Child Development is a topic that affects all of us if we have children and babies. It is something that we worry about continually as they grow, and we unknowingly compare to our friend’s children and babies – are they at the same stage? Should they be doing this now? Are they lagging behind? Will this affect their cognitive abilities?
Research has proven that if we identify a child that is lagging in their development early, give them support, their results will be so much more successful and could even bring them into a normal developmental range. Imagine also how this will affect a child’s self-esteem and confidence for the better?
The most important aspect is for you – as a parent, to trust your gut instincts. Are you worried in any way about your child? Or, have you noticed that your child is “different” in some way, but you just can’t put your finger on it? If you are having these sorts of questions then you need to contact a health professional to get answers and reassurance.
The first step would be to go to your GP and ask for a referral to a Developmental Paediatrician, or another specialist if it is specific, say a Speech Therapist if you are worried about language, your GP will be able to point you in the right direction.
The Child and Adolescent Community Health Service, a part of the Health Department of WA has depicted certain ages as being necessary for milestone reviews by your local Child Health Nurse. These are, at birth, 2 weeks old, 8 weeks old, 4 months old, 1 year old, 2 years old and 4 years old. There are certain achievements that your baby and child will need to be doing at each of these assessments.
The Child Health Nurse is a great source of information, experience and resource and can give you advice for questions and offer you anticipatory guidance as you head into unchartered territory! If they have any concerns about your child they will offer you a guide to where you can get support and specialist advice.
So, lets have a look at some of the important things you can do as a parent, helping your child achieve greatness! Social interaction from Day 1 is probably one of the most important things you can do. As you know, babies are born with ALL of their brain cells that they will ever need in life and it’s through experiences and sensations that these brain cells develop and connect into wired motor neurons that ultimately gives your child a higher IQ.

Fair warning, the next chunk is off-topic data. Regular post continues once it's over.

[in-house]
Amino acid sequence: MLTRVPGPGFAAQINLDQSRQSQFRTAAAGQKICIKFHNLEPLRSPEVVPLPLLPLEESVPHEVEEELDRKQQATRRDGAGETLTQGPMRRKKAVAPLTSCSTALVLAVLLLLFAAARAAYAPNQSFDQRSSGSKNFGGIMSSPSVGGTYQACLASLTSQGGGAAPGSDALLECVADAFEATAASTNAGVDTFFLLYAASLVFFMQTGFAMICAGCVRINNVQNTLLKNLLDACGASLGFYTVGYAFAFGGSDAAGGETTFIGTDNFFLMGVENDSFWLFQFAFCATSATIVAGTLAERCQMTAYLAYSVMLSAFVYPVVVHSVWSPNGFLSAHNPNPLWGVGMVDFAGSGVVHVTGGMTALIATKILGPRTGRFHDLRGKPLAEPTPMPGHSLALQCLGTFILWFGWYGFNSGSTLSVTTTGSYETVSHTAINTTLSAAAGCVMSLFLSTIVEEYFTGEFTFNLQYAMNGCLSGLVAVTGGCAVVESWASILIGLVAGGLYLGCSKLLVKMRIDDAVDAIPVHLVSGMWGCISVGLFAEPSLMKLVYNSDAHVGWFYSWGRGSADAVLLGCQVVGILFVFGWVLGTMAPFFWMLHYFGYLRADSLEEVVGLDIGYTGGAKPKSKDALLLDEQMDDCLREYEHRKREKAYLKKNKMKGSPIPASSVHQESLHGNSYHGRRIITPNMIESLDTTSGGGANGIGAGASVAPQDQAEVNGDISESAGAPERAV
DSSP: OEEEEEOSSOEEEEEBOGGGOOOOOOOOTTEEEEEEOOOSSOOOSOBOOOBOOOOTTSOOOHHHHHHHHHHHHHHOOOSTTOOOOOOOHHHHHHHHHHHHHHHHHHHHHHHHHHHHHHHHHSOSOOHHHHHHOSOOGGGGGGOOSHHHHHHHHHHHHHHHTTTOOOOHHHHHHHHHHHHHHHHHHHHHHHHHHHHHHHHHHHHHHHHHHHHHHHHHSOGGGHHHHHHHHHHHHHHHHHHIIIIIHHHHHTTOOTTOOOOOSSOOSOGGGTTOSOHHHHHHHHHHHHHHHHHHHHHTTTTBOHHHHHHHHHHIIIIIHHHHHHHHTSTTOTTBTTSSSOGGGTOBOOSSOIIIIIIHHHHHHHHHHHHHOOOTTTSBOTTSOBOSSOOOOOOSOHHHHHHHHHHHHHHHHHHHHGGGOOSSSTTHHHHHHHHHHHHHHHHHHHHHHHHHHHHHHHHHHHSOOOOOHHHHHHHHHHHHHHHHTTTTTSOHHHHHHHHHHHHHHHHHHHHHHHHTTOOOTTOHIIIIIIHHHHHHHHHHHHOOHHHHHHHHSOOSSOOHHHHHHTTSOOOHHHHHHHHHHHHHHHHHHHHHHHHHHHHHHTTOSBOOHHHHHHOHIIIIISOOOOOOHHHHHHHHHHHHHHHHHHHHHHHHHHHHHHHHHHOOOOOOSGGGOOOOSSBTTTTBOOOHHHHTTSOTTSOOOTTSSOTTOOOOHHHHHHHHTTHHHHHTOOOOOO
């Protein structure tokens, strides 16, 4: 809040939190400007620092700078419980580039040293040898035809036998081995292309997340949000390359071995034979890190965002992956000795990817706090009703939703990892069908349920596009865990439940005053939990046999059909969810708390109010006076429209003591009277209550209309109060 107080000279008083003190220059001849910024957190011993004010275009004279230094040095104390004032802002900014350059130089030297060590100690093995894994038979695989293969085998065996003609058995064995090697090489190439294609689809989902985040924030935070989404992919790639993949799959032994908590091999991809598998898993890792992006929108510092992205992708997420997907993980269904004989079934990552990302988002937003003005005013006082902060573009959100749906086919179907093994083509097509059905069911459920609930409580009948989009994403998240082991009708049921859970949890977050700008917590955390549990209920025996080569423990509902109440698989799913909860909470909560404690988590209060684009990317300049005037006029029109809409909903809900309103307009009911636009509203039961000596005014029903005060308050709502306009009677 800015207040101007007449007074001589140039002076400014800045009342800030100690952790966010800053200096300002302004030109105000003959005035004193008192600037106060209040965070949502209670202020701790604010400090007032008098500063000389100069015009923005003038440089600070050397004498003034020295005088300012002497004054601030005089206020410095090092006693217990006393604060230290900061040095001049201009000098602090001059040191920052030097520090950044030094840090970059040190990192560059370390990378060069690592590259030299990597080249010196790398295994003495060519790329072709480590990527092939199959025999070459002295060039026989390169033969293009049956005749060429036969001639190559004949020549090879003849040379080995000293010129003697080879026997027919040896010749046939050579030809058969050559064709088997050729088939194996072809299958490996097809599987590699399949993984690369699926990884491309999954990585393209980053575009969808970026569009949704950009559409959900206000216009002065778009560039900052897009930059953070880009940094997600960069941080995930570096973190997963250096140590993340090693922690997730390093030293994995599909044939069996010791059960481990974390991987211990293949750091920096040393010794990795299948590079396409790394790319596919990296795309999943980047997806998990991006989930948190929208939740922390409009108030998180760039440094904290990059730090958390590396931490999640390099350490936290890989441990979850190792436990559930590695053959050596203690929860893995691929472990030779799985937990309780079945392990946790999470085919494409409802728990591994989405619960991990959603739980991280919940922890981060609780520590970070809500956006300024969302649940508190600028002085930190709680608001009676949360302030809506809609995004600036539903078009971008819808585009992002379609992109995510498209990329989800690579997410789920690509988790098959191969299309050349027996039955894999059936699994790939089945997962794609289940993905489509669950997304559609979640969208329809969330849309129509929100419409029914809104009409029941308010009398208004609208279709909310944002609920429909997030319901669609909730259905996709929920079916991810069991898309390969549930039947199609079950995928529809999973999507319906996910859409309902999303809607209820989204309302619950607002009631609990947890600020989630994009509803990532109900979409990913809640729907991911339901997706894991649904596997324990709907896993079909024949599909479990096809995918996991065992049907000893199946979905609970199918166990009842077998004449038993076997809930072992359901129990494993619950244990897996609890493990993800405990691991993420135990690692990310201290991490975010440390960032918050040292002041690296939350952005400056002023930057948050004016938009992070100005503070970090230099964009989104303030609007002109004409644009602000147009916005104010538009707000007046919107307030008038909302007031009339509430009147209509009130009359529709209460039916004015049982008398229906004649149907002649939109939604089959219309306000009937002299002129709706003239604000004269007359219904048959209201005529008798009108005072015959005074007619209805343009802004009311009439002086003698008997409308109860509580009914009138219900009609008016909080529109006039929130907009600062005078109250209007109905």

Talking, singing, reciprocating (“serve and return”), expressing and connecting are all things that you can do to engage your child, as well as speaking in “mother tongue” which keeps our babies entertained, as well as others who might be in the room!!
As your baby grows and develops, they will engage you in pointing to things that interest them or make sounds to grab your attention. This is all fabulous communication that will develop into speech as they get older. Try and be descriptive when you are talking about an object, what colour, shape, texture is it? Does it make a noise? and then describe this to your baby so they are hearing these words.
Also start reading to them right from the start – not only is this a good sleep time cue, but research has proven that children who read books regularly have a much bigger vocabulary that makes the job of learning to write so much easier when they recognise the words.
Motor skill development
When your child is playing with toys, notice if they’re using both hands evenly and offer the toy to them in their midline, so they have to reach across the middle of their body to grab it. This is an important part of them developing connection between their right and left hand side of their brain. Crawling on all fours also practices this important skill so don’t be in a hurry for your baby to walk.
As your child gets older, giving them lots of floor time and tummy time is super important to develop their core strength and encourage their curiosity about their environment. From being on their tummies they learn to roll, front to back initially then back to front when they’re a bit older.
A true sit is when they get to sitting by themselves from lying on their tummies and this usually occurs around 8 months of age. Most children on average will start independently walking after their 14th month. There is no need to hasten up this process, and if your child is a bit hesitant to let go of your hand – that’s ok…they will get there eventually!
You will know from your child’s developmental leaps that all children are affected differently from these periods of immense growth and development, some seemingly to last “forever”. With all of these leaps you can help your child by being sensitive and supportive as they practice and learn through your encouragement and positive parenting style, and if you are concerned in anyway, go and seek help!
Article supplied by Baa Baa Baby.